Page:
We are starting off with a very nice weekend, with sunny skies and warm temperatures on Saturday. Light morning winds will give way to some afternoon breezes and we should reach 70 degrees at the airport. High clouds will start to move in throughout Saturday night and thicken up Sunday ahead of the next cold front, kicking up some strong Sunday afternoon winds and bringing a chance of late day rain showers. The cold front moves in Sunday night dropping snow levels back to the valley floor by sunrise Monday morning, and a light dusting of snow could have moderate impacts on the commute, but the mountains are likely to see significant snow. An additional storm mid-week will keep temperatures cool throughout.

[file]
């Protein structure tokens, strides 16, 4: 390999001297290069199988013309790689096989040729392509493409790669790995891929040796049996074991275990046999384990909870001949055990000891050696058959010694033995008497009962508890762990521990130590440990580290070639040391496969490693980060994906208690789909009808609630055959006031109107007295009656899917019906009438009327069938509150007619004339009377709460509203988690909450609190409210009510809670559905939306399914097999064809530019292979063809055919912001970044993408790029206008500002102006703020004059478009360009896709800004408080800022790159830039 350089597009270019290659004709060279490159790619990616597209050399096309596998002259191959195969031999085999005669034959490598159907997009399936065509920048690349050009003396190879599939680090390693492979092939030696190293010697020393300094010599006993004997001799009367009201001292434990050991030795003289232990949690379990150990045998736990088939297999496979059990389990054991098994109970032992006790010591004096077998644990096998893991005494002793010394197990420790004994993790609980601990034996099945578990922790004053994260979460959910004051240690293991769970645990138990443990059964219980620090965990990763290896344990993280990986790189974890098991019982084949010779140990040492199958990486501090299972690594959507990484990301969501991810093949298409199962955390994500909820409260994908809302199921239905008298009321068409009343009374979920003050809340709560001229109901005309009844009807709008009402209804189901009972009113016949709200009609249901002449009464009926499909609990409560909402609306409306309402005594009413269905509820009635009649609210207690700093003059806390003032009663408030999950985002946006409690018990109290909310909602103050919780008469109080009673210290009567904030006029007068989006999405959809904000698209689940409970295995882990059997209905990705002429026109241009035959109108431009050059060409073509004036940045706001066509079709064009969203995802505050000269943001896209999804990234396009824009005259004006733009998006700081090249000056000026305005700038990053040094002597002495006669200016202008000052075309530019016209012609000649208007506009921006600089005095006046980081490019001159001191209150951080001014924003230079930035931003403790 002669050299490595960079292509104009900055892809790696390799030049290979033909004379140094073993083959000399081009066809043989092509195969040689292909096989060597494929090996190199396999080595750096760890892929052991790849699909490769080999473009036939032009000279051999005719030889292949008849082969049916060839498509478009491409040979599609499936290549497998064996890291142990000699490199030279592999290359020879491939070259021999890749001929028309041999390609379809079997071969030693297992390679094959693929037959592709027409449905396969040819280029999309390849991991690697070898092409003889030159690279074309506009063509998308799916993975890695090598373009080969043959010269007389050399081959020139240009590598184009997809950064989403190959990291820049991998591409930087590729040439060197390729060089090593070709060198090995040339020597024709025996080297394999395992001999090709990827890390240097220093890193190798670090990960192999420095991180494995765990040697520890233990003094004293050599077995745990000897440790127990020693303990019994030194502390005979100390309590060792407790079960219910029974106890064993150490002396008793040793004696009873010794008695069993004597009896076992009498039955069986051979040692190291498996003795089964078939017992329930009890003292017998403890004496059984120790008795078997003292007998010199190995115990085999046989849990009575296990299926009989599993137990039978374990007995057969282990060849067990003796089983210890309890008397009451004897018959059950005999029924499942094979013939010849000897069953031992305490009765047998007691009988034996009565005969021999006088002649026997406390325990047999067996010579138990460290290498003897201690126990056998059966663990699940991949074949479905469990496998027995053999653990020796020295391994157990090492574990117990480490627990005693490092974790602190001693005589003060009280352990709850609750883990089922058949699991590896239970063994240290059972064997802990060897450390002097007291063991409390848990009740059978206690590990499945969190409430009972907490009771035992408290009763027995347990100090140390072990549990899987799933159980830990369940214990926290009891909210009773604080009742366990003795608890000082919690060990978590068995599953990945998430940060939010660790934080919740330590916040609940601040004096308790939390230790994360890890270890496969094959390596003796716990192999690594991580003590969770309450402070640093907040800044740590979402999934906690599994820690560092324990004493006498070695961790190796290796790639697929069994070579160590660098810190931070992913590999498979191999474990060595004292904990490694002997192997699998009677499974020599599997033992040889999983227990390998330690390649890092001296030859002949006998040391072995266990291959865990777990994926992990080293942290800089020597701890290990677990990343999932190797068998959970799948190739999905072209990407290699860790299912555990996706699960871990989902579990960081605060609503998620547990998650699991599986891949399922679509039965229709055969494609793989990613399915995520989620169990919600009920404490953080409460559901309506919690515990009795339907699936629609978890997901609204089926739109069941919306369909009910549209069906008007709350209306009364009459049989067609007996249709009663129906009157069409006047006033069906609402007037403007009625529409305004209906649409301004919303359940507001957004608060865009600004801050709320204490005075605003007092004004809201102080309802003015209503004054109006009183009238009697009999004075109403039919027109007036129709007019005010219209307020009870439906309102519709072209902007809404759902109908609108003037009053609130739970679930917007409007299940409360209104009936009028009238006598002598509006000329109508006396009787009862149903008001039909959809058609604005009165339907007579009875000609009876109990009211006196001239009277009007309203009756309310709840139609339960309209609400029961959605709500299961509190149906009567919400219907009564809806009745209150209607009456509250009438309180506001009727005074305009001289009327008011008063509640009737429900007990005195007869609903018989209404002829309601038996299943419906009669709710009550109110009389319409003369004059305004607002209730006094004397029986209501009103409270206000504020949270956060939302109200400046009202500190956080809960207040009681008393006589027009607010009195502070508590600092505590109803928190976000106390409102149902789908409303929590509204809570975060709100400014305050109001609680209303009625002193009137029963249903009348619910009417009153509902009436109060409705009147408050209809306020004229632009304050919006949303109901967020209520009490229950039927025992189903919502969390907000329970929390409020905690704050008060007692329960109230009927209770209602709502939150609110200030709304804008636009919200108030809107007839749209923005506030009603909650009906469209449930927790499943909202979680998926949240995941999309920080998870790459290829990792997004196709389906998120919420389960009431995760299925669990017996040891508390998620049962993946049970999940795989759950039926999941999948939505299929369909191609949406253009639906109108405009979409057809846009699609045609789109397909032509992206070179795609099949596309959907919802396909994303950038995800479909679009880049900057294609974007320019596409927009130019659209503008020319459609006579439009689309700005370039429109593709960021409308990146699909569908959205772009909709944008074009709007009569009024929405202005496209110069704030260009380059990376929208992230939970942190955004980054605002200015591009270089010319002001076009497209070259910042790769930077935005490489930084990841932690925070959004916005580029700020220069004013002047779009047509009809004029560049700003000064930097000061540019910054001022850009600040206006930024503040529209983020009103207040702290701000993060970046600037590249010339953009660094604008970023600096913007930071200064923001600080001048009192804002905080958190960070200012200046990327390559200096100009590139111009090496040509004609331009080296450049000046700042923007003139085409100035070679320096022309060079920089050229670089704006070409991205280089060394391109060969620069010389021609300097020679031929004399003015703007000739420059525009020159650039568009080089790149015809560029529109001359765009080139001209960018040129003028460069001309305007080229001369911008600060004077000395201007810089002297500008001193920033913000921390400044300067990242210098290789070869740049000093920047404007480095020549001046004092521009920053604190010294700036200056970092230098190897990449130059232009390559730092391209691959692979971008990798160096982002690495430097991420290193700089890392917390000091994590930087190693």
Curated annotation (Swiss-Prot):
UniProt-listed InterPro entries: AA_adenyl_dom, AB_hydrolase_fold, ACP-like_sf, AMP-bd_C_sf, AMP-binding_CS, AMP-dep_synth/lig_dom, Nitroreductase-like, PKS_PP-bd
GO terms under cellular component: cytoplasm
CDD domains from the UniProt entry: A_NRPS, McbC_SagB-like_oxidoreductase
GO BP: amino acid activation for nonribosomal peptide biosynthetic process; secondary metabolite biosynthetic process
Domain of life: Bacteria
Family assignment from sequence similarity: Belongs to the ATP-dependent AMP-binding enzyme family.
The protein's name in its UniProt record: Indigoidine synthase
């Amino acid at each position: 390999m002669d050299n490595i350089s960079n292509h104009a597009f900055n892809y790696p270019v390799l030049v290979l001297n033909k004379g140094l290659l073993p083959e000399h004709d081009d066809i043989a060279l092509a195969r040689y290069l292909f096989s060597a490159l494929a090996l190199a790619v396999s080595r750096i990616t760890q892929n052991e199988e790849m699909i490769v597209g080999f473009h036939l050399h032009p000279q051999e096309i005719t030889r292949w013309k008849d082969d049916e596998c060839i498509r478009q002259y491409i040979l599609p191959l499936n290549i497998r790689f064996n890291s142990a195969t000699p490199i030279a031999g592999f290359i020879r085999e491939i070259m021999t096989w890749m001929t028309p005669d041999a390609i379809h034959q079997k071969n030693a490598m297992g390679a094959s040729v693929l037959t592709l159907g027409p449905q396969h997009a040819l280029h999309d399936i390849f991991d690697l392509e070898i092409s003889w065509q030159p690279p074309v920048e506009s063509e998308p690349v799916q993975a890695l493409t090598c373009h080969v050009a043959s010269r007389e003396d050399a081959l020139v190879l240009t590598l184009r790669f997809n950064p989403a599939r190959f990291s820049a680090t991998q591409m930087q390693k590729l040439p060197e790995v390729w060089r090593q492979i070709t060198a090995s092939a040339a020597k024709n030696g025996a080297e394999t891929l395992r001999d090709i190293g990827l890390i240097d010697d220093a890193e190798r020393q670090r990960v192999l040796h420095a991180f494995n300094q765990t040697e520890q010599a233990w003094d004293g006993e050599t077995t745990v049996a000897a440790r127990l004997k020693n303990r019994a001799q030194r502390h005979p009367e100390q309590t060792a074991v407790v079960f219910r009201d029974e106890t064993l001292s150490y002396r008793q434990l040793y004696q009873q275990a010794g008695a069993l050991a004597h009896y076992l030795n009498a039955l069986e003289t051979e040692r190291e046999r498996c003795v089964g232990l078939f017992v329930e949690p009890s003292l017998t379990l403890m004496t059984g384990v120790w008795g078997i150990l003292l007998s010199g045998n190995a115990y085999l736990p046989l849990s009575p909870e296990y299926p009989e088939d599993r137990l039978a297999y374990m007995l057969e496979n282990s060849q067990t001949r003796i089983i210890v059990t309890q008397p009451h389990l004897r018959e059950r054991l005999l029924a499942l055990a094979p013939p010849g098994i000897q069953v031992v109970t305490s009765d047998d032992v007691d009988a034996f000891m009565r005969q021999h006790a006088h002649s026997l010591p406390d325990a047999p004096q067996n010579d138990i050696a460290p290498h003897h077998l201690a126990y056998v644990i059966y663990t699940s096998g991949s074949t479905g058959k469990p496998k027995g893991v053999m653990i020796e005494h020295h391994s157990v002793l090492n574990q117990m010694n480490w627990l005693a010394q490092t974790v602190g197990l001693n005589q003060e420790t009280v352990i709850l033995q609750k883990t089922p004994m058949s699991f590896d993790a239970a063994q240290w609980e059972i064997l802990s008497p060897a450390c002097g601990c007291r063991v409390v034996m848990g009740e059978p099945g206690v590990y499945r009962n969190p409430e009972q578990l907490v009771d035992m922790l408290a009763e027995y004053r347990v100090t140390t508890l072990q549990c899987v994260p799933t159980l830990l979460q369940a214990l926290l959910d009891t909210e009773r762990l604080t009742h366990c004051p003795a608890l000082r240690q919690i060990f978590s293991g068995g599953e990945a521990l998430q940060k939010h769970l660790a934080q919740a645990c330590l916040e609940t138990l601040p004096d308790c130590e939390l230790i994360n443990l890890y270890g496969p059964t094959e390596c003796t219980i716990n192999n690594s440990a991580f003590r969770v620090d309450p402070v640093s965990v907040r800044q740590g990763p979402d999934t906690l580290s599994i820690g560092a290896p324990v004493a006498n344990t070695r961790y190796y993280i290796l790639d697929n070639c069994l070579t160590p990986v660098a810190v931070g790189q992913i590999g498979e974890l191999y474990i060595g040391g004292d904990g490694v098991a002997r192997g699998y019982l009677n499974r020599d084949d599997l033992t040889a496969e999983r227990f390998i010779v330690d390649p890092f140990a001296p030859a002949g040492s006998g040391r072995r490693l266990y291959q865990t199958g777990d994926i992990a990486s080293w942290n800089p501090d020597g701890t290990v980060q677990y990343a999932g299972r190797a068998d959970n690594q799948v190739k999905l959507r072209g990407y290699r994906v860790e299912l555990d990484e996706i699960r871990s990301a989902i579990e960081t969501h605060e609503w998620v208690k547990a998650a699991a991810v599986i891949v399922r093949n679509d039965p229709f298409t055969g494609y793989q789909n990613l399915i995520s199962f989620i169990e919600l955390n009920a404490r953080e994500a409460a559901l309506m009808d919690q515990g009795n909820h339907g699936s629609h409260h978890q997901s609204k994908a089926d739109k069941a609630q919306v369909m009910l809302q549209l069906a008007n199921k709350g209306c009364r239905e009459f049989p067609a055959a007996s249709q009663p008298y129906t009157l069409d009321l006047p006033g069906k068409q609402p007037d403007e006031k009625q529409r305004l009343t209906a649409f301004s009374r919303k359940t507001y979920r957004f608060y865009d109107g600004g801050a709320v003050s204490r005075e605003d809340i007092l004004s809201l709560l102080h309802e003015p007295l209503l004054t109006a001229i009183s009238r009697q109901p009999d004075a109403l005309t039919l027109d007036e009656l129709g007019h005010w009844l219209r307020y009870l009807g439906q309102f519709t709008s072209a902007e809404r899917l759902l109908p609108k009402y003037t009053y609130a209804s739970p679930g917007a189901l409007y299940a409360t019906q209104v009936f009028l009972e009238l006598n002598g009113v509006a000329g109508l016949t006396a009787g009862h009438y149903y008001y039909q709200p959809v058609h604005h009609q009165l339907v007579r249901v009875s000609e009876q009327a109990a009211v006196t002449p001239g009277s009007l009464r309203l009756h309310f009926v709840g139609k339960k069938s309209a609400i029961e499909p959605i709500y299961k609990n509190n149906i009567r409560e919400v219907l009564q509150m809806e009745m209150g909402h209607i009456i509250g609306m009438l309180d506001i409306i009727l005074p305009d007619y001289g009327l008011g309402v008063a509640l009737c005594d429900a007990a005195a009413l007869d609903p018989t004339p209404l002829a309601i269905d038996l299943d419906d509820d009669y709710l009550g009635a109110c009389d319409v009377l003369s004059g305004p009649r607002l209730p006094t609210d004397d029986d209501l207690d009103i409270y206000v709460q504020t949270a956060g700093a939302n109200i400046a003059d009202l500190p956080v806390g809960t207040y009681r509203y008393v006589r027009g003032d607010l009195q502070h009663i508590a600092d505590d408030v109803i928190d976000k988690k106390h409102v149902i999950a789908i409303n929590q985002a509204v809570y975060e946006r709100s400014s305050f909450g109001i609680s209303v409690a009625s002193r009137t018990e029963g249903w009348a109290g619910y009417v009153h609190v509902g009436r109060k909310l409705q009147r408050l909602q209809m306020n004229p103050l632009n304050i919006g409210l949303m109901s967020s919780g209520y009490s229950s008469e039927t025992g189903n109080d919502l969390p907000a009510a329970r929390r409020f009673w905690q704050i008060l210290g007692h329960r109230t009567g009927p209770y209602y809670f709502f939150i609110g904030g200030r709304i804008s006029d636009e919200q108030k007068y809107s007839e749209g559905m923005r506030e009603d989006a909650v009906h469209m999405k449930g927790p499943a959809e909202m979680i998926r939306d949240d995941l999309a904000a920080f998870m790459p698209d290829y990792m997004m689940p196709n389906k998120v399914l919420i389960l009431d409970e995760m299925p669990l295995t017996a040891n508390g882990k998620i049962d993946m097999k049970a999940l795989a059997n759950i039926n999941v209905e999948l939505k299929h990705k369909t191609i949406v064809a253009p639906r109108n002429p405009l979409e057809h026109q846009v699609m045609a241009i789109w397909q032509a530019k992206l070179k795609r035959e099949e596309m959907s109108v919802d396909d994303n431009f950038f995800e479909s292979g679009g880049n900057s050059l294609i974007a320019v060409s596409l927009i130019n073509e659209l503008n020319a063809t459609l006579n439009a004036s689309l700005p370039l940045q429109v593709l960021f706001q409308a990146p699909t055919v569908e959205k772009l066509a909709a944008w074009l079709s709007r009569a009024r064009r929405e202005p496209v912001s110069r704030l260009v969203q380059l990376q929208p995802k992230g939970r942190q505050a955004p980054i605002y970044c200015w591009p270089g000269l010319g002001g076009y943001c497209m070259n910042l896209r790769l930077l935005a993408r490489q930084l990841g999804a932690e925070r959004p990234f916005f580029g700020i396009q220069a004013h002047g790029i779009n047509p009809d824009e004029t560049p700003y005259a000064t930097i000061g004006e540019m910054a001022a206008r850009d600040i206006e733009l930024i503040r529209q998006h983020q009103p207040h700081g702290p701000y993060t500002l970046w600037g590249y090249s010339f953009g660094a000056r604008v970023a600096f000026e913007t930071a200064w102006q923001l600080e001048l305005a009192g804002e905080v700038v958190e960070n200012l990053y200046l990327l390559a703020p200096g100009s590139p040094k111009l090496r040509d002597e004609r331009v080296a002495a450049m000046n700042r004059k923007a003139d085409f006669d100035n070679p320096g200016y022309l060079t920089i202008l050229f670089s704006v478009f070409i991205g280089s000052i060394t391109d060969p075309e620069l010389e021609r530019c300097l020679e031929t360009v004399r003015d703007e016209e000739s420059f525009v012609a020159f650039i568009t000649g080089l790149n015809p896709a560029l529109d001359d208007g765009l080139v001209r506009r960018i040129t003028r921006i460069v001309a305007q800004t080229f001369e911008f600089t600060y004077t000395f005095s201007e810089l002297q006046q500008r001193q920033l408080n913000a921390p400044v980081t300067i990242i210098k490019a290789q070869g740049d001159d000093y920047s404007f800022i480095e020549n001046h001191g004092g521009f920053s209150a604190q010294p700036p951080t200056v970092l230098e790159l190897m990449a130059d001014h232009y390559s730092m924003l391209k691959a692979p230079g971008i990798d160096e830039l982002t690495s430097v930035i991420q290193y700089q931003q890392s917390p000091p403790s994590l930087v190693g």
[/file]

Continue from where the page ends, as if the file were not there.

So how strong a wind at sea level would equal the force of a 100 mph wind at our elevation?

The formula for force of a wind is: Force (lbs/square foot) = (wind speed)2 X (.0027).  The .0027 is a fudge factor that works at sea level. The .0027 factor has to be reduced to 15% less at our altitude (.002295). Plugged in, that makes a 100 mph wind here equal to a 92 mph wind at sea level. This can work for any elevation, but you need to adjust the .0027 fudge factor by the percentage of atmosphere you have left. At 10,000’ elevation you have 30% less air, which when plugged back into the equation makes the force of a 100 mph wind equivalent to 83 mph at sea level.